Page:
Orthokeratology Fort Meade Florida 33841

Orthokeratology Facts For Non Surgical Eye Sight Correction In Fort Meade FL

Orthokeratology is a non-surgical procedure using specially developed contact lenses to carefully change the curvature of your eyes to make you see much better. Orthokeratology is likewise known by a couple of different names, the most common being ortho k, while some others include corneal refractive therapy, CRT, accelerated overnight orthokeratology and corneal reshaping therapy. In the most fundamental of terms Orthokeratology or Ortho K is the science of altering the curvature or shape of the clear front part of the eye, the cornea, to change how light is concentrated on the retina at the back of your eyes.

This is a non-surgical procedure that eliminates the need for glasses or daytime contact lenses. It enhances vision by gently reshaping your eyes using specifically developed therapeutic contact lenses. The way that this works is that you simply put specially fitted contact lenses in at bedtime, when you awake, you will have clear natural vision for the rest of your waking hours.

Orthokeratology Near Me

This safe and efficient treatment can fix near-sightedness, which is also known as myopia, astigmatism and sometimes farsightedness. It is a great alternative to LASIK for those who don’t desire the danger or are not all set for surgical treatment
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Think of the cornea as the eye’s equivalent of a watch crystal. It is a clear, dome shaped structure that overlies the colored iris. Its tissue is most much like clear, damp skin; and like skin it is really flexible. Because the cornea separates the eye from air and the rest of the outside world and since it has a curvature that bends light to the back of the eye, it is responsible for the majority of the eye’s corrective power and adds to different conditions such as nearsightedness (myopia), farsightedness (hyperopia), and the blur of astigmatism.


Ortho-K 33841

When you choose Ortho-k a few essential tests must be performed. Chief amongst these tests is the determination that your eyes are healthy. Your orthokeratology doctor will most likely be an Eye doctor with specialized training in the area of corneal molding. She or he will analyze the retina and also the health of the front part of the eye and the within the eye. The other essential procedure is the mapping of your cornea. To do this an instrument called a corneal topographer is used. Just like a topographical map of the United States shows mountains and valleys and subtle variances in elevation; the topography of the eye reveals your doctor exactly how your cornea is shaped. The details from your corneal mapping plus the accurate measurement of the size of your cornea and the prescription that is needed to correct your vision are all used to develop the retainer lenses (corneal molds) that are used to give you the Ortho-k effect.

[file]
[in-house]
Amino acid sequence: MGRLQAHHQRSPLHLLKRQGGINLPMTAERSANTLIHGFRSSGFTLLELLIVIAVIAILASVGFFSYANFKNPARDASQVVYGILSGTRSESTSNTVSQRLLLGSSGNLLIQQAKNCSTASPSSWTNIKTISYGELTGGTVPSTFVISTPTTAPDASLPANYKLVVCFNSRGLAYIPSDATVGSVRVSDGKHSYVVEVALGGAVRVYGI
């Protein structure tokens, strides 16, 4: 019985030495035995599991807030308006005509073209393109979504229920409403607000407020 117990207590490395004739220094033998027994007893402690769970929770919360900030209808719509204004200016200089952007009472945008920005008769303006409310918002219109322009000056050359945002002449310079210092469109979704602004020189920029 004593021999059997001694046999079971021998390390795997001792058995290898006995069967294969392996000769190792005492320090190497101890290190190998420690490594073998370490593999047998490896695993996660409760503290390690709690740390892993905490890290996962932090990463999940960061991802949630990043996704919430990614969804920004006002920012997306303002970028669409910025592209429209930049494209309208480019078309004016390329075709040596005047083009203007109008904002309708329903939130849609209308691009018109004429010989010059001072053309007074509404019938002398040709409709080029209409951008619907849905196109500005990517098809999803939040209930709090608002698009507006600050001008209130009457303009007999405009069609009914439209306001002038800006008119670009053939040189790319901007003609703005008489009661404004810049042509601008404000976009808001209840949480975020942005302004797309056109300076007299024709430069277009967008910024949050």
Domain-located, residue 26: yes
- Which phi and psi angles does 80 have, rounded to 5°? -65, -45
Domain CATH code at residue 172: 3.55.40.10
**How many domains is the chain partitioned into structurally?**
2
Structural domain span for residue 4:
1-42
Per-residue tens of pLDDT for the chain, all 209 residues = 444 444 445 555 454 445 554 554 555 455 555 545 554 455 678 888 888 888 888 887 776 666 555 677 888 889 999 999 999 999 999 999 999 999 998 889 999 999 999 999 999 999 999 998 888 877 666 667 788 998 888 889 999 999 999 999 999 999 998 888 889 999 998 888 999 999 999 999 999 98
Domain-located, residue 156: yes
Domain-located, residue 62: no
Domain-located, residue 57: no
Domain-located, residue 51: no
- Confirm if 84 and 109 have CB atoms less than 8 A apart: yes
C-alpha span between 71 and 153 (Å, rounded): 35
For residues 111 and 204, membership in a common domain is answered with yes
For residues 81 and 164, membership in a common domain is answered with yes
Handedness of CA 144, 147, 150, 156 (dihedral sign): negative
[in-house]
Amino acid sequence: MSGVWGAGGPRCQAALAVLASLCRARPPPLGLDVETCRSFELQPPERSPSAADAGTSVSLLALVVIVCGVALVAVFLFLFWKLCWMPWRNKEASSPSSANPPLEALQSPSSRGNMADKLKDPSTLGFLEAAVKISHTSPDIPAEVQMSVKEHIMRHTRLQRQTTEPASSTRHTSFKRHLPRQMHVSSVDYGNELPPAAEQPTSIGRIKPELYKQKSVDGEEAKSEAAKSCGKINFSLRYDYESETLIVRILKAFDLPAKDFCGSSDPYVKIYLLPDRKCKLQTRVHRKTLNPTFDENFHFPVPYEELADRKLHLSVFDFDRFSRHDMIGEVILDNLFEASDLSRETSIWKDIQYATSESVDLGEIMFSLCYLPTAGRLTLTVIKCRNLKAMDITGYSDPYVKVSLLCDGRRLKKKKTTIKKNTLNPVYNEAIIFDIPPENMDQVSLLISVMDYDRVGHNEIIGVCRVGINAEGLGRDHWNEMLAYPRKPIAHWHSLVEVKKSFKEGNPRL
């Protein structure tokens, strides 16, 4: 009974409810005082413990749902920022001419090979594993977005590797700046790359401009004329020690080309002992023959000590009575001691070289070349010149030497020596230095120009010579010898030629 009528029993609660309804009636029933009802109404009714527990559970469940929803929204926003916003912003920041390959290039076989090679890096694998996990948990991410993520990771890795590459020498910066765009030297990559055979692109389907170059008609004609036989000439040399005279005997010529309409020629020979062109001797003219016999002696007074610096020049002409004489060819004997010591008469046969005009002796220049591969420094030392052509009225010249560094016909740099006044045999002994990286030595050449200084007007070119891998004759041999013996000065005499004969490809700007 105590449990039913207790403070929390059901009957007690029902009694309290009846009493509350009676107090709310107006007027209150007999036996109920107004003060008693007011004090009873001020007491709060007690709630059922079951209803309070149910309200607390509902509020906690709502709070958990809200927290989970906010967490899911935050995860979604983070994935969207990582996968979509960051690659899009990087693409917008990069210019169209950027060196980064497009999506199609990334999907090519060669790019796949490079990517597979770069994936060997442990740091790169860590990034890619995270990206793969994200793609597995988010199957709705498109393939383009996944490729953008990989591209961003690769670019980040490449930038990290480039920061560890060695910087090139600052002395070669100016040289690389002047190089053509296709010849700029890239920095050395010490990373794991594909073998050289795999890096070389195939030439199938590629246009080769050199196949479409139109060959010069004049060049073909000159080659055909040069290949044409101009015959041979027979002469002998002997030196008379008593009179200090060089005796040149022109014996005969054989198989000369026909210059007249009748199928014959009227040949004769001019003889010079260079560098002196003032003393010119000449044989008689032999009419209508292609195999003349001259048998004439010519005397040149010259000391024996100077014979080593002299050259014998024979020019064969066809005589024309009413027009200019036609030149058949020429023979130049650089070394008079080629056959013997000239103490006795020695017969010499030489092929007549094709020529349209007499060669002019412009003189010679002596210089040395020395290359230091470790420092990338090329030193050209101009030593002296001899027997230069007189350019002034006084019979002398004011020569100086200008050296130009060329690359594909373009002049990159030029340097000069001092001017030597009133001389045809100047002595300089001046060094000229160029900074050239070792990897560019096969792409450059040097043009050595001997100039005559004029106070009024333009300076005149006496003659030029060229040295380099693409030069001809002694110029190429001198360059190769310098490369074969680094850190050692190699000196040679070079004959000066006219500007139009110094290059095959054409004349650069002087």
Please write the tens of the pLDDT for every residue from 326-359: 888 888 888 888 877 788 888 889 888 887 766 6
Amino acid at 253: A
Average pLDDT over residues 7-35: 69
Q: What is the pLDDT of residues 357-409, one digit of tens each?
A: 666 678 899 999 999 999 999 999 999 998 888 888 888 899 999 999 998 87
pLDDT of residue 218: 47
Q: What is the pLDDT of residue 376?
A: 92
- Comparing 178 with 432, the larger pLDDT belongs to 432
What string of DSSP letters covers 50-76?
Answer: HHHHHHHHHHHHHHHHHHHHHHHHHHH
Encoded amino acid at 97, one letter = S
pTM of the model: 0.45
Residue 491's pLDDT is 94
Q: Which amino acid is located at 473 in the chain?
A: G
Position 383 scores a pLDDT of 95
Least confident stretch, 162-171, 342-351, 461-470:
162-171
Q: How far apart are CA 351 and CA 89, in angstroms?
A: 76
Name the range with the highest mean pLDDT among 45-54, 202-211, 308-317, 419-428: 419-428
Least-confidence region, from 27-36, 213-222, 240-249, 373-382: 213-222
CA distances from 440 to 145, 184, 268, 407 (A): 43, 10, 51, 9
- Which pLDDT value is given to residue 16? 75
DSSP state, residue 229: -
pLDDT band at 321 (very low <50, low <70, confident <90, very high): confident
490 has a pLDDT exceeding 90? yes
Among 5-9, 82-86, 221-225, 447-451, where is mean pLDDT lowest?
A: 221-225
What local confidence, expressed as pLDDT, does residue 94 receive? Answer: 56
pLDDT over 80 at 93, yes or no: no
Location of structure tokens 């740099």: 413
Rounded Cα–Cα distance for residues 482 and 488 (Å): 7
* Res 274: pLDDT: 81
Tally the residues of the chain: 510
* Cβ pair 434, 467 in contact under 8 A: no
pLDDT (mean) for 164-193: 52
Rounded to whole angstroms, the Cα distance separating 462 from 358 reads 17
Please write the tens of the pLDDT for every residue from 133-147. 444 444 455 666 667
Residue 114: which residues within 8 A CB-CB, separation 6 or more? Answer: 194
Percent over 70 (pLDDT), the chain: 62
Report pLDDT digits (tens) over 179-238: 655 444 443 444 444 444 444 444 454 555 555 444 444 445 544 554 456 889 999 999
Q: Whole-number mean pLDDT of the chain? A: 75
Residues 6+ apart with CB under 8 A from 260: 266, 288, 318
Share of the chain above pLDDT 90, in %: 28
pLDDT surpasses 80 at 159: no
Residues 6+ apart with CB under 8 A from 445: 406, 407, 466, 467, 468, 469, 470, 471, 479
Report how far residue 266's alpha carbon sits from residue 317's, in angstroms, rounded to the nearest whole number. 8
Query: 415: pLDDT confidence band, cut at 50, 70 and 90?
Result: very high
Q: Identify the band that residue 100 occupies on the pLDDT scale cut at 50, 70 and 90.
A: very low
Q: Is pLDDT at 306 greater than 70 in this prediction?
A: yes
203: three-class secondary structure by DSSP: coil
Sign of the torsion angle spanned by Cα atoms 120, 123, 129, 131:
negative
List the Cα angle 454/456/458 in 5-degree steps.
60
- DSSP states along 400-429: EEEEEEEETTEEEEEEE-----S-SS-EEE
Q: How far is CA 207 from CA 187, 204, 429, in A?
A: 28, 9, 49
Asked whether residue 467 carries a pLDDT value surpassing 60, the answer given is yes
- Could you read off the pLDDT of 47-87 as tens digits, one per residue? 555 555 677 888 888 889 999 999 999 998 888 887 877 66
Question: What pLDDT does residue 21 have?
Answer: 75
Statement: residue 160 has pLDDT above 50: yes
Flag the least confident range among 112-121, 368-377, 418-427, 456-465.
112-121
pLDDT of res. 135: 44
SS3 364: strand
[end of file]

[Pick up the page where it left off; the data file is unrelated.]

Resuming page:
On the day you get your Ortho-k retainer lenses you will be instructed in how to insert, remove, and take care your vision retainers. The fit of your retainers will be evaluated and you will be set up to be seen after your initial night of wear. On day 1, your doctor will re-evaluate your fit and freshly restored vision and another mapping of your cornea will be carried out.

Throughout your preliminary fitting process, your optometrist will monitor your corneal health and the progress of treatment. At specific times your retainer lens fit might be customized to achieve your objectives.

Fort Meade Ortho K Contacts

Orthokeratology can produce lead to a remarkably short amount of time. The length of treatment to attain your goals can differ from patient to patient and will depend upon a variety of aspects including your prescription, the amount and quality of your tear production, your expectations and also something called corneal rigidness.

We advise clients that they might need to use their retainers every night to maintain their newly corrected vision. Some patients have the ability to lower their wearing schedule so that they only have to use their lenses as little as every 2 to four nights. The reason for this is because of the flexibility or (rigidness) of your cornea.